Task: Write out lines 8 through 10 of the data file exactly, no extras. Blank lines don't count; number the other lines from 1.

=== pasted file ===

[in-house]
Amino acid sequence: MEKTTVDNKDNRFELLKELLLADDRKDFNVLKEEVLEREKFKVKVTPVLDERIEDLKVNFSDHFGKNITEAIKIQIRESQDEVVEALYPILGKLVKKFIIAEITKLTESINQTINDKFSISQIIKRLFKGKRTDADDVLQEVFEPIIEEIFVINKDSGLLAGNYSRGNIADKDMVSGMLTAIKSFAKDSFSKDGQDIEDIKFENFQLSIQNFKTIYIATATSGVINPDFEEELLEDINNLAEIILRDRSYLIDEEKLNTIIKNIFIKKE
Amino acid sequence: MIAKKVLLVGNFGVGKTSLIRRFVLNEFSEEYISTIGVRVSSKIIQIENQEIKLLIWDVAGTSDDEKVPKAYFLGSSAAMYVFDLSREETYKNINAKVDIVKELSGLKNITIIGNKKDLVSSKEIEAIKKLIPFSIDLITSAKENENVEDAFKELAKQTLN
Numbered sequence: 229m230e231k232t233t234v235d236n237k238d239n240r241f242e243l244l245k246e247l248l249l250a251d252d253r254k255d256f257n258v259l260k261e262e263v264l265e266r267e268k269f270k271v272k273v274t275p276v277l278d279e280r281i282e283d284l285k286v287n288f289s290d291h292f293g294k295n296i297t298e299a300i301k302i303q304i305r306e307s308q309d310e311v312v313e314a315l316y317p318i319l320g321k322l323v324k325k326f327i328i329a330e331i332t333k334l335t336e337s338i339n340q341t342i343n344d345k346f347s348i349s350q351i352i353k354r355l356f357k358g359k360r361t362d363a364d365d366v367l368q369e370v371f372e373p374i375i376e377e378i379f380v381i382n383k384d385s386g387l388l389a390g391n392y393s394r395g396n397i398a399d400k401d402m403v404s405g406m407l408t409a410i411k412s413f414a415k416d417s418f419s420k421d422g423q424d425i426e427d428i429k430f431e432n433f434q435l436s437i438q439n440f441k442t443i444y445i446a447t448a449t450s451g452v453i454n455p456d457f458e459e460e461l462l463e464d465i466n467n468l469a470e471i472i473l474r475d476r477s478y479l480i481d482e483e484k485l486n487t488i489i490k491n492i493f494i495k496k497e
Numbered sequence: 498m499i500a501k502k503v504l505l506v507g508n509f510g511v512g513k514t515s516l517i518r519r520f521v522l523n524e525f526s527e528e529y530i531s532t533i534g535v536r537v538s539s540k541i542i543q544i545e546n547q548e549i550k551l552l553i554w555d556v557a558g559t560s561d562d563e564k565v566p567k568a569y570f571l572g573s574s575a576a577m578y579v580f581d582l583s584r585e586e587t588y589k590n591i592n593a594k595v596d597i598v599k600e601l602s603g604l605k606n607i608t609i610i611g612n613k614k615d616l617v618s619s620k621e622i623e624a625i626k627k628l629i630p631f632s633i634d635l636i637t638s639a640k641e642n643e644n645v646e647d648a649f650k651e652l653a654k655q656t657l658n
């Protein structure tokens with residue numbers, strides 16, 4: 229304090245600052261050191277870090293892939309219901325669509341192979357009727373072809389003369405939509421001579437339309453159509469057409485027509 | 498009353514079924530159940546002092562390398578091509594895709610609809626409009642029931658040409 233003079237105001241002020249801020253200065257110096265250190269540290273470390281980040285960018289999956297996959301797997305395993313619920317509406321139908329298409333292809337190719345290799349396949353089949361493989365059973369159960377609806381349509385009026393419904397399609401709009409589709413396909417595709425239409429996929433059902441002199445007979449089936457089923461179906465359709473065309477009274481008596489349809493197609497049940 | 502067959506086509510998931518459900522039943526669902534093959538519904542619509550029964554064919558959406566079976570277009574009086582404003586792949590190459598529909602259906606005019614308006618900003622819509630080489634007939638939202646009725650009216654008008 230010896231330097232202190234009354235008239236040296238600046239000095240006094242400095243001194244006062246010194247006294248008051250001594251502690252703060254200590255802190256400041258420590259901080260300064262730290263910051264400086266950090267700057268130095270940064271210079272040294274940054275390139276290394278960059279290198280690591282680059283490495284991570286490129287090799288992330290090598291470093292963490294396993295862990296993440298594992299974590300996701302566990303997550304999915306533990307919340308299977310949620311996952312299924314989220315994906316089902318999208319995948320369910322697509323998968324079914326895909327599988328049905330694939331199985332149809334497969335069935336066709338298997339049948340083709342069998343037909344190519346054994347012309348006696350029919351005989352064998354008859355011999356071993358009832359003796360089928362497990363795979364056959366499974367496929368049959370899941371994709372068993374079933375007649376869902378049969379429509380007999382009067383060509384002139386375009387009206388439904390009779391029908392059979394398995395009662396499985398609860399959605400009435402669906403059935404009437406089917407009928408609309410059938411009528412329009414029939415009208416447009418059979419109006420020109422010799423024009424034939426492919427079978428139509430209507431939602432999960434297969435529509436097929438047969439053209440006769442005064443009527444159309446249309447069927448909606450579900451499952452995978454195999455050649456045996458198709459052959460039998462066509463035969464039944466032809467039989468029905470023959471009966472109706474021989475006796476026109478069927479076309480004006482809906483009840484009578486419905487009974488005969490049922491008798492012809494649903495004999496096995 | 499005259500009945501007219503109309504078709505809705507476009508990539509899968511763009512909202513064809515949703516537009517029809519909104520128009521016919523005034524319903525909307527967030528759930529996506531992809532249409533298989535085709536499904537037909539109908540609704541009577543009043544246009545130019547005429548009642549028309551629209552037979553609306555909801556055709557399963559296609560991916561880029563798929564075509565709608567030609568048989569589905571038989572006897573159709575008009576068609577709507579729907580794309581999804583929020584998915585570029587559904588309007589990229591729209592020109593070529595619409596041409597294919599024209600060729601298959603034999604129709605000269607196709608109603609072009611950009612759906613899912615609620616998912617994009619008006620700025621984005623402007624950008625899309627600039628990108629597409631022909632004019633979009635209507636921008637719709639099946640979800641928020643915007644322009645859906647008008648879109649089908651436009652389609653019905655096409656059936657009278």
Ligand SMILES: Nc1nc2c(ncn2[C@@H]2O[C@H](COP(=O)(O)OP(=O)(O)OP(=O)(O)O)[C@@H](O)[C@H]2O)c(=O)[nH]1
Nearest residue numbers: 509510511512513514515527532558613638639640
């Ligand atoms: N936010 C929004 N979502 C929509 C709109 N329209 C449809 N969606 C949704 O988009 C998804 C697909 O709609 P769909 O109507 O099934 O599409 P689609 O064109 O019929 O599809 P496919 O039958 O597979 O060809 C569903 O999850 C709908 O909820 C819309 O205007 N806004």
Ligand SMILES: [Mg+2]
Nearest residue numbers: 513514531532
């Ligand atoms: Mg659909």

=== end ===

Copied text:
Nearest residue numbers: 509510511512513514515527532558613638639640
């Ligand atoms: N936010 C929004 N979502 C929509 C709109 N329209 C449809 N969606 C949704 O988009 C998804 C697909 O709609 P769909 O109507 O099934 O599409 P689609 O064109 O019929 O599809 P496919 O039958 O597979 O060809 C569903 O999850 C709908 O909820 C819309 O205007 N806004």
Ligand SMILES: [Mg+2]